A glance at the list of players currently not under contract following this season suggests the 2015 NFL free agent class might be the best ever.
However, a mechanism in the three-year-old collective bargaining agreement was triggered for the first time at the end of the 2013 regular season, and teams must decide by May 3 whether to activate options for 2015 for players taken in the first round of the 2011 draft.
That means Pro Bowlers like Cam Newton, A.J. Green and J.J. Watt -- all likely to ultimately receive huge extensions from their clubs anyway -- almost certainly won't reach the market next year.
"(The new rookie contracts) cover a long period of time with less opportunity to get out and no opportunity to negotiate in the first three years," ESPN sports business analyst Andrew Brandt, formerly a vice president and salary cap specialist for the Green Bay Packers, told USA TODAY Sports. "That gives the team more negotiating leverage. Theoretically -- Newton, Watt, whomever you want to name -- they're under contract for two more years, which gives their teams great negotiating leverage."
Even if, as expected, teams use the 2015 options on the affected players in the next few weeks, they can still cut them before the 2015 season, as long as the players are not hurt.
"Locking a guy in for an injury guarantee is not a big deal," says Brandt. "It's a real bonus for teams. There seems to be little harm or downside to using the option."
However, players picked after Round 1 in 2011 will have the chance to break the bank sooner than their peers who entered the league with more fanfare. Day 2 and Day 3 draft picks can cash in with the franchise tag a year from now if they don't sign bigger deals first.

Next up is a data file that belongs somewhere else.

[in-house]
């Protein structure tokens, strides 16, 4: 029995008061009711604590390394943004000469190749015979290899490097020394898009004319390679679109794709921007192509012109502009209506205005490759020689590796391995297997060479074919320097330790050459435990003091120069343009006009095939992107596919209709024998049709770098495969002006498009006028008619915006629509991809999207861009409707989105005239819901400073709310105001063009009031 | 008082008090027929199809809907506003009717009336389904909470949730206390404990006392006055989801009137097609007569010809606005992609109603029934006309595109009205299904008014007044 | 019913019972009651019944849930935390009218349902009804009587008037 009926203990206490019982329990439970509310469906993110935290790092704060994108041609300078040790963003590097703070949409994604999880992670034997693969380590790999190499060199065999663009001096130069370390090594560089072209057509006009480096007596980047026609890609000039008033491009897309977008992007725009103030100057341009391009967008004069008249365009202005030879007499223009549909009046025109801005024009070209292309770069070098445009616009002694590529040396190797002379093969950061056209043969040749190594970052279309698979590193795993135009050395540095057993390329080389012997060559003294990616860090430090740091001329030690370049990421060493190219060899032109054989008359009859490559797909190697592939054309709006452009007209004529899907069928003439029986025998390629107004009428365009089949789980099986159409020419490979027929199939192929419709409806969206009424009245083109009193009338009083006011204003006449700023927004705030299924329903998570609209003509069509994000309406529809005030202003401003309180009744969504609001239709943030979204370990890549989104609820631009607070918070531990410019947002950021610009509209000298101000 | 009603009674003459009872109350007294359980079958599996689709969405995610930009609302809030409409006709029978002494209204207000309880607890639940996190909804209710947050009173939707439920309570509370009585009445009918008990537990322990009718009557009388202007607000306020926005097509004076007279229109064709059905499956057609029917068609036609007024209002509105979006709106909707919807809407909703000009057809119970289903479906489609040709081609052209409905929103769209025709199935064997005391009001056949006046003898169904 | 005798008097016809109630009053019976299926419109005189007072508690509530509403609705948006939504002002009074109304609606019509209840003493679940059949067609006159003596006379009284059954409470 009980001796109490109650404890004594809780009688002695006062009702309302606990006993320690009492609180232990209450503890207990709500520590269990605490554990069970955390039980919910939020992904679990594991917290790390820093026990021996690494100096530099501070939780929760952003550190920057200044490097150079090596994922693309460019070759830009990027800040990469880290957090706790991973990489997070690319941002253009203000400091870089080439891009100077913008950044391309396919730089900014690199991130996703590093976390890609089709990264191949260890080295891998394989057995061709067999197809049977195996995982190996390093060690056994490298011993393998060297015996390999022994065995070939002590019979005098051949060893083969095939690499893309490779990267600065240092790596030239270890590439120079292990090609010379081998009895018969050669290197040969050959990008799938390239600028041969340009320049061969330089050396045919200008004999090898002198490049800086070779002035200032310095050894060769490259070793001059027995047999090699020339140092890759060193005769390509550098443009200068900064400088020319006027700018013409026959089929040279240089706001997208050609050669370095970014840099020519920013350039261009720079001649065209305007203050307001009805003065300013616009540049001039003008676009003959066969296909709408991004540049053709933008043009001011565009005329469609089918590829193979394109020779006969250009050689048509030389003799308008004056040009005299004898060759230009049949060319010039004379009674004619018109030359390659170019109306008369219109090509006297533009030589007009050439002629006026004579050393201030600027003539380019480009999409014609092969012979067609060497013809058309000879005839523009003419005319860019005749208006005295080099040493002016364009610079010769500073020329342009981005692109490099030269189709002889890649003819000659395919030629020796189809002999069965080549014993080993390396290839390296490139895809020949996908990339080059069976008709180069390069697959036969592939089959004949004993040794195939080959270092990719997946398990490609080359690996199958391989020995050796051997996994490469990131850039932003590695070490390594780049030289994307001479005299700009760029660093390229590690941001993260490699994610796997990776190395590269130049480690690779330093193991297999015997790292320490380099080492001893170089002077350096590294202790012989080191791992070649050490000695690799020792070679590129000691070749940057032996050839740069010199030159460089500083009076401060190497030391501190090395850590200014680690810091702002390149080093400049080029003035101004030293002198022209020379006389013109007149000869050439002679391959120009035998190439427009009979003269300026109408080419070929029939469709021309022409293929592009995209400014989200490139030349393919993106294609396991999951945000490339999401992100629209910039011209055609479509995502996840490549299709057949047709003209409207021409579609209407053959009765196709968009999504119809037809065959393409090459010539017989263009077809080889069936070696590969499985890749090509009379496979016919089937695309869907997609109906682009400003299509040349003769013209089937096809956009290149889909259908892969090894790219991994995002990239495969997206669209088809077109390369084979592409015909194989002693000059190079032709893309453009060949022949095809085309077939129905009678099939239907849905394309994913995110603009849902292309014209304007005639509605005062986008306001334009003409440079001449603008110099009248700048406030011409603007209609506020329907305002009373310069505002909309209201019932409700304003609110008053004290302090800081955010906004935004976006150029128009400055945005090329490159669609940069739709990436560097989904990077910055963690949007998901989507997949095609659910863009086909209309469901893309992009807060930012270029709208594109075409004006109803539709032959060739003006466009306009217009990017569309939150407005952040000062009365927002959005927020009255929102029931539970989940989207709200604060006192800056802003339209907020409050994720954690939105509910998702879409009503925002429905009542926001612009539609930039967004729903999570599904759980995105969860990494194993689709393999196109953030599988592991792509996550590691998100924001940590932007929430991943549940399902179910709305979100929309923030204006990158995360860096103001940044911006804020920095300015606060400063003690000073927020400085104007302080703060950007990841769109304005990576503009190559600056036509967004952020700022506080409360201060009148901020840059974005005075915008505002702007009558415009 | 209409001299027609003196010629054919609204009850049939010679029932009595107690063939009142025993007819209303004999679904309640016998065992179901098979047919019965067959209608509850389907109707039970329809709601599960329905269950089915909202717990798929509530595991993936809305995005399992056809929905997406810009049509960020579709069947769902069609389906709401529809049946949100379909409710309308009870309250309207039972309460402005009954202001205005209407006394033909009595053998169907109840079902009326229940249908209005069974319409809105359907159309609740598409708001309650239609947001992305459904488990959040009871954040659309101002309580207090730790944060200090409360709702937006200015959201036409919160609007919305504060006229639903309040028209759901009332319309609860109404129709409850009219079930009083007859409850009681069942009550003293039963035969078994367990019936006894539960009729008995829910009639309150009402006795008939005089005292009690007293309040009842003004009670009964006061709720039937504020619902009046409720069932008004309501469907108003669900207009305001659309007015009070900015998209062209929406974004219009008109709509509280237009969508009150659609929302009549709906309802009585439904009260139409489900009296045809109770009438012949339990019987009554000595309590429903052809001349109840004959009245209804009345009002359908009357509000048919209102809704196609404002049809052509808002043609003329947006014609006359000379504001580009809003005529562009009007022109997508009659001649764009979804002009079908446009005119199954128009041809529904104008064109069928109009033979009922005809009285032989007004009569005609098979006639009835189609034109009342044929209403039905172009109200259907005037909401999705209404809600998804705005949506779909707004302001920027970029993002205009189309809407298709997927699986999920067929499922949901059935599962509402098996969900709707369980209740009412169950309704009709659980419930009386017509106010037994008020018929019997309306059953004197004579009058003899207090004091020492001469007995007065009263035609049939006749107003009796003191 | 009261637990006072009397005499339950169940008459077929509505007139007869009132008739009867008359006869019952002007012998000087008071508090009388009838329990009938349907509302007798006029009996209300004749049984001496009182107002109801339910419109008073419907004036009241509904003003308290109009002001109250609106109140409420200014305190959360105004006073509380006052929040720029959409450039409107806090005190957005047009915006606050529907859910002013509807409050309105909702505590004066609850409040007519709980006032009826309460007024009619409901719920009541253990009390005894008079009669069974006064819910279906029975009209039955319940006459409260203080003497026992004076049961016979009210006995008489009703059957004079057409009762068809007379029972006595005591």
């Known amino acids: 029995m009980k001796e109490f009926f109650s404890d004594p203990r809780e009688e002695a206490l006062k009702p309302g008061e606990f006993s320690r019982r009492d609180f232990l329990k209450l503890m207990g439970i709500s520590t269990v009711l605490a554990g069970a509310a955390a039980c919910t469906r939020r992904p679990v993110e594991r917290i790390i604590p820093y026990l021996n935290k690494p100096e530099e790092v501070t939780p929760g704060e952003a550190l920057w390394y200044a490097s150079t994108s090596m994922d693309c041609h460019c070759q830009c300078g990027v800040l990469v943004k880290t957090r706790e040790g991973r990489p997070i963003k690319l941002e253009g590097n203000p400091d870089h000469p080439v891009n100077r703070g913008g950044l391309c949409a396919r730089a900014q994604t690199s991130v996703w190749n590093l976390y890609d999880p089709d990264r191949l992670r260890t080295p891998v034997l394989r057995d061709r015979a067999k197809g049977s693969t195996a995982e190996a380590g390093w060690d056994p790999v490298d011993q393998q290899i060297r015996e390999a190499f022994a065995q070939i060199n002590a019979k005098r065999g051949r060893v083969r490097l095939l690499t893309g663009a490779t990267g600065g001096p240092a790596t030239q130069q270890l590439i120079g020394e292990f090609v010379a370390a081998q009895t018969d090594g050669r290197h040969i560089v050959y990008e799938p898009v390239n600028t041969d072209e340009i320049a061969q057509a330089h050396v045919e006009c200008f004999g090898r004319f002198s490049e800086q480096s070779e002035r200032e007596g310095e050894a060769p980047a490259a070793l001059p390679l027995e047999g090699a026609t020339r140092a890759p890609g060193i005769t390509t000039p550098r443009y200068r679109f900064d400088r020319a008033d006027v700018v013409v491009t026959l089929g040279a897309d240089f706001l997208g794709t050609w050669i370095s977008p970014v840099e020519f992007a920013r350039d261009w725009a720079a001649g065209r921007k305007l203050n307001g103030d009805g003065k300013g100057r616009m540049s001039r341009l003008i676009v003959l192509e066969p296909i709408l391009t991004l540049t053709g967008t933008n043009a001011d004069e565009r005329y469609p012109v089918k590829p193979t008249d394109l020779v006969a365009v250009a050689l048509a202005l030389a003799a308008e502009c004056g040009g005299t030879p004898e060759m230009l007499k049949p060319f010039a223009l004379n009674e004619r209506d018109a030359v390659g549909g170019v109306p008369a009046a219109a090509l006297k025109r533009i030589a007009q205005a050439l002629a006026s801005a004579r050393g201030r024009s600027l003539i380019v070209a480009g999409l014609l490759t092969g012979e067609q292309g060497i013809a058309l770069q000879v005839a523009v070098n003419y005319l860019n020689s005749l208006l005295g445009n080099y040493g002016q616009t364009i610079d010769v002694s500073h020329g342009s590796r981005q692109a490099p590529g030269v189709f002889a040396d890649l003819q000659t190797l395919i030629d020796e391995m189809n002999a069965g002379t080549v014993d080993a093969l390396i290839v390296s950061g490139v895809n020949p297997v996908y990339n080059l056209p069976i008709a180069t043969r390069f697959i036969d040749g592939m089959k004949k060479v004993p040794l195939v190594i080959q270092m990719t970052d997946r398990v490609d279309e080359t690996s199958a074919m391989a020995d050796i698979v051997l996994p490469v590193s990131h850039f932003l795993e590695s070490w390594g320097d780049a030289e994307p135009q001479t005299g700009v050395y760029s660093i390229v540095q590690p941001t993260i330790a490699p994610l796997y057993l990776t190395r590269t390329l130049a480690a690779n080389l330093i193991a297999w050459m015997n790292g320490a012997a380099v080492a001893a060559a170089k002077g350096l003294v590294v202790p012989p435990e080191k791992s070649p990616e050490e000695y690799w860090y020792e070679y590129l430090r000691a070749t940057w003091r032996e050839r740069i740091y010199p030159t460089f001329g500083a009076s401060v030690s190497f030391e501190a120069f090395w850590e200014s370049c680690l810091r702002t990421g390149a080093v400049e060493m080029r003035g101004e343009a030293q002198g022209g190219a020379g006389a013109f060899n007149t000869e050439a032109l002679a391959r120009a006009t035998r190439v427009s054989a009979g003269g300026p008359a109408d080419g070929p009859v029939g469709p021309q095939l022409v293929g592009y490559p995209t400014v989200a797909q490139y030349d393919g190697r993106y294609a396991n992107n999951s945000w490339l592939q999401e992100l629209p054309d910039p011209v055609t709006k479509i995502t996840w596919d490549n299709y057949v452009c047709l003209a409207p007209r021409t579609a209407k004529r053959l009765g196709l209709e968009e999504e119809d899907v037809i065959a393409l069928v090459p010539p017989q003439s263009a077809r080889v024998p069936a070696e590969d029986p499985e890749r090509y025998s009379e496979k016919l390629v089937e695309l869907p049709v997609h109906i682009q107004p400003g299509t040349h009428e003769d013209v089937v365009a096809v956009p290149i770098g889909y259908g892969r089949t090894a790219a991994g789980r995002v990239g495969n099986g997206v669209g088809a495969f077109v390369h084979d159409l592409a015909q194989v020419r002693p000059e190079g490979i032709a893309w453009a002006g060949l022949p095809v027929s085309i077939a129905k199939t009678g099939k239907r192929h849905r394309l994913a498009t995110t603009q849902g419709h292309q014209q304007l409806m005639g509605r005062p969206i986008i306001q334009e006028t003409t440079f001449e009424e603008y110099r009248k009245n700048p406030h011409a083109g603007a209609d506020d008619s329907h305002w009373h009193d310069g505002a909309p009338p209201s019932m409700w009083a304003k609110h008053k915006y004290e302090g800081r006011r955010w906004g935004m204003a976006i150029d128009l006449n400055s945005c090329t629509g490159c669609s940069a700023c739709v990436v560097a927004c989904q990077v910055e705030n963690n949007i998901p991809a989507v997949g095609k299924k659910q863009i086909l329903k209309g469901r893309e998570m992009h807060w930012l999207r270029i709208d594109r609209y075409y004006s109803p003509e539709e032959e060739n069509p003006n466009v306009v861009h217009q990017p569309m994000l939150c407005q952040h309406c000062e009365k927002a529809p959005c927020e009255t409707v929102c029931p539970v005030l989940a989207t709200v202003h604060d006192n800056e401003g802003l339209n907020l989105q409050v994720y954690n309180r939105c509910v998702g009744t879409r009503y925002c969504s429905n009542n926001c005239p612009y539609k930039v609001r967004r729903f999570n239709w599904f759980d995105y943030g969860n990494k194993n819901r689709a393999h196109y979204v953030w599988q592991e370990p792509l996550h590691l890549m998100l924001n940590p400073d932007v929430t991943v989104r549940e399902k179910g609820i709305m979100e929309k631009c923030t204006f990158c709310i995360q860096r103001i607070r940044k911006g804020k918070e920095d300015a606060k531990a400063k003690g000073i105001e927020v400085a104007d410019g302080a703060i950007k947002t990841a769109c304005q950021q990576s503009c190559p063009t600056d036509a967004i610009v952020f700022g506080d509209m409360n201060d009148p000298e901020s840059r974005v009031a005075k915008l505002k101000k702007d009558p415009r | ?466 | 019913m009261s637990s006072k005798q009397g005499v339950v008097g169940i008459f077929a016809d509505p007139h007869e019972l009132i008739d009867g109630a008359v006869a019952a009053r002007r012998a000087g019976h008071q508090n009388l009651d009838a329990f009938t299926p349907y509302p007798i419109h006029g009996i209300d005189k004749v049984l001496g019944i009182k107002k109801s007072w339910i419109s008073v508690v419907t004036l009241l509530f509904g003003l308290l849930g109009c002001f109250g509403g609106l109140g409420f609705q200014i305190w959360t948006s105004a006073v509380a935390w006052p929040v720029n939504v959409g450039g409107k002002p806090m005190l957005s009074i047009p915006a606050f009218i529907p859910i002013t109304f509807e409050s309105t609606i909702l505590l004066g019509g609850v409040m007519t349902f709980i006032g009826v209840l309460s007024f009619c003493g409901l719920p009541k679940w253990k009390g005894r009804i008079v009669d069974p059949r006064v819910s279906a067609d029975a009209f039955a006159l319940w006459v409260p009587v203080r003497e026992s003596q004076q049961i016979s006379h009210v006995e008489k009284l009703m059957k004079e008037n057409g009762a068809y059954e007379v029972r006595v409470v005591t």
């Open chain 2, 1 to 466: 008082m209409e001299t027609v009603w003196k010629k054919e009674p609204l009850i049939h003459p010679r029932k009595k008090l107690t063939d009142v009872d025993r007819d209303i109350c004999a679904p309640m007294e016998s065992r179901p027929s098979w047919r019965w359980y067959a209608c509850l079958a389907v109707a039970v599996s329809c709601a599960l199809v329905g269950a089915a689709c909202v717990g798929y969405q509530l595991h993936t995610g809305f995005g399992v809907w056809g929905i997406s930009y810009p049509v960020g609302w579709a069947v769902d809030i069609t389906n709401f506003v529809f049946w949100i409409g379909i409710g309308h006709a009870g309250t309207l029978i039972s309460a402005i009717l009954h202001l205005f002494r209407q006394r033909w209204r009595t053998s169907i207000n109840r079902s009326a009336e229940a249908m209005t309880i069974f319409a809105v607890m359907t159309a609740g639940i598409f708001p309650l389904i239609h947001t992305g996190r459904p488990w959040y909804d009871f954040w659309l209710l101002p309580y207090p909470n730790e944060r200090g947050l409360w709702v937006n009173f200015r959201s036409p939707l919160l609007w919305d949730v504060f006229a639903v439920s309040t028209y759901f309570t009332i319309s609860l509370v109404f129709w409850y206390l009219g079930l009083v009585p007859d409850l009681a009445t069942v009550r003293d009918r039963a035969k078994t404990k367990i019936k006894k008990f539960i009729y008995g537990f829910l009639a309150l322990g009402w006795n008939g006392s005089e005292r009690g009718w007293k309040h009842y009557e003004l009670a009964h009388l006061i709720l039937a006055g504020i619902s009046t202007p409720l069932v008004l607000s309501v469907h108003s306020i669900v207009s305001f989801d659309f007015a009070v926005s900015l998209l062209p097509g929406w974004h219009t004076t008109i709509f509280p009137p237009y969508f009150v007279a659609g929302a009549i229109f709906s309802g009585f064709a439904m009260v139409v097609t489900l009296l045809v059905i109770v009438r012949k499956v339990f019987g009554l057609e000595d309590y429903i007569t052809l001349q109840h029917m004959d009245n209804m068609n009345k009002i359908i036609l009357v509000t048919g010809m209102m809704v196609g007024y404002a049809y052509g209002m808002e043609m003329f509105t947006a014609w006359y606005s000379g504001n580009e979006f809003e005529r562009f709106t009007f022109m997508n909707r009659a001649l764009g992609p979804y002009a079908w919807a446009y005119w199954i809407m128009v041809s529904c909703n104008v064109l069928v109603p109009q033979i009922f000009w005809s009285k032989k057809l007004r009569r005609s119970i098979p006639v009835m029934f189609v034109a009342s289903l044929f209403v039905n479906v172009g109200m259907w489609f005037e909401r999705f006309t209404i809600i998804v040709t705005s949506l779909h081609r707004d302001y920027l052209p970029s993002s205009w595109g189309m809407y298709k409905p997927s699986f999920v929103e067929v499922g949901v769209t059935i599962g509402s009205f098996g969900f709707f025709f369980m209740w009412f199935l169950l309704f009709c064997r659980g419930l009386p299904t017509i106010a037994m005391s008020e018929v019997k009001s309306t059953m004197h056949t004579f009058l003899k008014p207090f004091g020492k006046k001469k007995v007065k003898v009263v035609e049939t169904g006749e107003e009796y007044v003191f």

After digesting all of that, here are 11 stars who might benefit from the free-agent system next year:
1. Colin Kaepernick, QB, San Francisco 49ers (2nd round, 2011): These days, even better-than-average quarterbacks like Jay Cutler and Tony Romo command $18 million annually before they ever sniff the market. "Kaep" still has strides to make as a passer, but he's also got superlative athleticism for the position and already owns four postseason wins (or two more than Romo and Cutler combined). If he doesn't get an extension soon, he will surely be tagged.
2. Demaryius Thomas, WR, Denver Broncos (1st round, 2010): If Mike Wallace was worth $12 million per on the open market in 2013, it's fair to wonder if Thomas might approach something in the $15 million yearly range. Few receivers have the same nose for the end zone, but "Bay Bay" may be even more rare for his dynamic run-after-catch power. The Broncos could also be facing decisions on OLB Von Miller and TE Julius Thomas in 2015.
3. Dez Bryant, WR, Dallas Cowboys (1st round, 2010): He's almost a carbon copy of Thomas, and his numbers bear that out even though he doesn't have the benefit of working with Peyton Manning. Bryant's fire can be viewed as an asset or detriment depending on the beholder.